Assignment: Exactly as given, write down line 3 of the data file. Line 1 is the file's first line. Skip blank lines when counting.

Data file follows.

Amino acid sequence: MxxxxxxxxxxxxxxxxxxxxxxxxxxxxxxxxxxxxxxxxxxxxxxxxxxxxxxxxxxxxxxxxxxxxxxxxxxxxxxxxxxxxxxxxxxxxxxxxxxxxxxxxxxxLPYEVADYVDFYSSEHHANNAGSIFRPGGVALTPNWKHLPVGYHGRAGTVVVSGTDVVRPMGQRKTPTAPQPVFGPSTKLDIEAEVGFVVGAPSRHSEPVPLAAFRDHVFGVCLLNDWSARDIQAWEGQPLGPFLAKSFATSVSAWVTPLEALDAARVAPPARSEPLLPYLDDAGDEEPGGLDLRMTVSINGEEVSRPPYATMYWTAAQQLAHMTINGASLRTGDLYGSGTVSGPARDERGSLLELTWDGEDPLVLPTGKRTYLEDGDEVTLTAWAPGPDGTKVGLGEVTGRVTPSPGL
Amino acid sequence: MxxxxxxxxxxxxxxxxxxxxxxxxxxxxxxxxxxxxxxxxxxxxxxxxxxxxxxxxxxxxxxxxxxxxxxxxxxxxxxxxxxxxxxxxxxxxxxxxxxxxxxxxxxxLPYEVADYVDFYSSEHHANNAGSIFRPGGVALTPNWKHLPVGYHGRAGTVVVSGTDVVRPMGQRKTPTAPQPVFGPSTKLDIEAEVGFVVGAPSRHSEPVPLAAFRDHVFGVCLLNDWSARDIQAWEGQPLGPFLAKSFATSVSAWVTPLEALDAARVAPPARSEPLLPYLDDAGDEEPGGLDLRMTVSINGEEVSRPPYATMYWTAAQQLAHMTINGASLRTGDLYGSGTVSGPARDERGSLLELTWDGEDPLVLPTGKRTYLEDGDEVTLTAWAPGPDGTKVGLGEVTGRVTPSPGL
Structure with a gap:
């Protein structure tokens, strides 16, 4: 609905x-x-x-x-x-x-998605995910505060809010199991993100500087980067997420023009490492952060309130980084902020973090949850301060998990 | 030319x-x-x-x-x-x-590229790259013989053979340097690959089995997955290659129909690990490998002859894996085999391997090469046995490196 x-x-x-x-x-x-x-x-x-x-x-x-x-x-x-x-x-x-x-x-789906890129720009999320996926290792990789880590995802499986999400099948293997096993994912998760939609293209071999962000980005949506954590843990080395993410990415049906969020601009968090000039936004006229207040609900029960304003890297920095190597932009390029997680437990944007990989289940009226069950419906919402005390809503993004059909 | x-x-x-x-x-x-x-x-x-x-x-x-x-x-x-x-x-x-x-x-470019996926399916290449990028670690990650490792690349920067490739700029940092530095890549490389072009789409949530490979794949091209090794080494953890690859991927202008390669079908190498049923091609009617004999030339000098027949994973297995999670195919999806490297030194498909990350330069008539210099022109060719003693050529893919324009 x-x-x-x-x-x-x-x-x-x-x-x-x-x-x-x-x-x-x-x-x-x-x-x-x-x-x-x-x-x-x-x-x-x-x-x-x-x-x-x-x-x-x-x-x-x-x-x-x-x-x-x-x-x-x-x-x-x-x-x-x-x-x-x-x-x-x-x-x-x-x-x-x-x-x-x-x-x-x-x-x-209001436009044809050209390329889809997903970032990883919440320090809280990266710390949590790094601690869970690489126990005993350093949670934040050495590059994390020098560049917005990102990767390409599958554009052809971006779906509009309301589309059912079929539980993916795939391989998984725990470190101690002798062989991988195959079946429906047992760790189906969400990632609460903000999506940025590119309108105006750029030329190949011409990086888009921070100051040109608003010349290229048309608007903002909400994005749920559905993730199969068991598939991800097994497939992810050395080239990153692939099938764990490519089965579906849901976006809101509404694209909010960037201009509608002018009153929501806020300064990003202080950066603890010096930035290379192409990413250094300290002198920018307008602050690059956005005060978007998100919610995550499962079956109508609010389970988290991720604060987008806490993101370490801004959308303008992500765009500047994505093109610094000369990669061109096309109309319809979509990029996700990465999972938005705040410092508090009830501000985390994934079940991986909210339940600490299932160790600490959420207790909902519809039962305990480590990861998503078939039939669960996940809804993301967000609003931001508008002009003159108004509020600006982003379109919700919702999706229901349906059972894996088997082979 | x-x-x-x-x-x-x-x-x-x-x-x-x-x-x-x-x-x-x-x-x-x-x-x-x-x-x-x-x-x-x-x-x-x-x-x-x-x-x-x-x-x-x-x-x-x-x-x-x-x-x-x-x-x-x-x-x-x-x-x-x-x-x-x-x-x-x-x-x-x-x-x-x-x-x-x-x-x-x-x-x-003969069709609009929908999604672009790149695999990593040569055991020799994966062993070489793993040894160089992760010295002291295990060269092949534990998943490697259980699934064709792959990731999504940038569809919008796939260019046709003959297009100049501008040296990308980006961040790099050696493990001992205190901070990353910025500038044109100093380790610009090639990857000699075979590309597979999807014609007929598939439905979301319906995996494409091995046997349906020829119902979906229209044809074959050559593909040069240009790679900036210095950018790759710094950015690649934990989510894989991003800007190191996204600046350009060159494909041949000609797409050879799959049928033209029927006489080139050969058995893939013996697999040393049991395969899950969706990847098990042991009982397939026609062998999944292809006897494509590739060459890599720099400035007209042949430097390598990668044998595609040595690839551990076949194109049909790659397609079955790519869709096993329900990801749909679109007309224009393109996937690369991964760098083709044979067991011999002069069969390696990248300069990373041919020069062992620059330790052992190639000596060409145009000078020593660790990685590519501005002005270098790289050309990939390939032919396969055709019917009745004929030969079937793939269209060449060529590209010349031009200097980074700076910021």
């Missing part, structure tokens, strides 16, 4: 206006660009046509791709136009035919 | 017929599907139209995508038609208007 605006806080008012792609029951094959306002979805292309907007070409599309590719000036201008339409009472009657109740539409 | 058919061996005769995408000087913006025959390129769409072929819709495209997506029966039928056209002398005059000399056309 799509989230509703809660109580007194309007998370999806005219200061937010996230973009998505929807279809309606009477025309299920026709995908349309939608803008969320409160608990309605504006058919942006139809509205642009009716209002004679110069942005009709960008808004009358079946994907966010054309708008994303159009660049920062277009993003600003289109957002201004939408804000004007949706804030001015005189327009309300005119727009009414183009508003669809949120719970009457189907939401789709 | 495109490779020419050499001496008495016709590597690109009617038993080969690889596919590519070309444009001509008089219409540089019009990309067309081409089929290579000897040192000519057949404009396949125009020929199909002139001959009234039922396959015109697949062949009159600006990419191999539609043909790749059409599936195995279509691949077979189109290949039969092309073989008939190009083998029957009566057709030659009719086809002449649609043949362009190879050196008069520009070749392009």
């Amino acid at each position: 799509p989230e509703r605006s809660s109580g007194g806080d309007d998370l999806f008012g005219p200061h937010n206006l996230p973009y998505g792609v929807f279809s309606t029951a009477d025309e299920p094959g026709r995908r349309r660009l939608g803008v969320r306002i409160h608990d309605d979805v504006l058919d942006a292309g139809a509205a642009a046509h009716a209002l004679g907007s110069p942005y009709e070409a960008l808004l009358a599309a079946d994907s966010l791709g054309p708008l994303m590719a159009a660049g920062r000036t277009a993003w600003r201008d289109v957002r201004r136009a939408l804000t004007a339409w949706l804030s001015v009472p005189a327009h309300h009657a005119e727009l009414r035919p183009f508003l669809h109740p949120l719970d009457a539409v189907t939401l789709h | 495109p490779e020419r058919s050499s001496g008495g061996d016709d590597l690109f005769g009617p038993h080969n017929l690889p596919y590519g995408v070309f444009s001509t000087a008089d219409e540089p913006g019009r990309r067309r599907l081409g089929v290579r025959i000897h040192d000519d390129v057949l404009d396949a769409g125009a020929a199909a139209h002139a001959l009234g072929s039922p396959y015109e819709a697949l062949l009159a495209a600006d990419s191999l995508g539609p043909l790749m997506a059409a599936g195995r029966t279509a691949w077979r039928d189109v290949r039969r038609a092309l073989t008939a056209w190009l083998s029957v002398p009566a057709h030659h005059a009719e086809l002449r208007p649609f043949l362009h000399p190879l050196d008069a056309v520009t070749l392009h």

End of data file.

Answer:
Structure with a gap: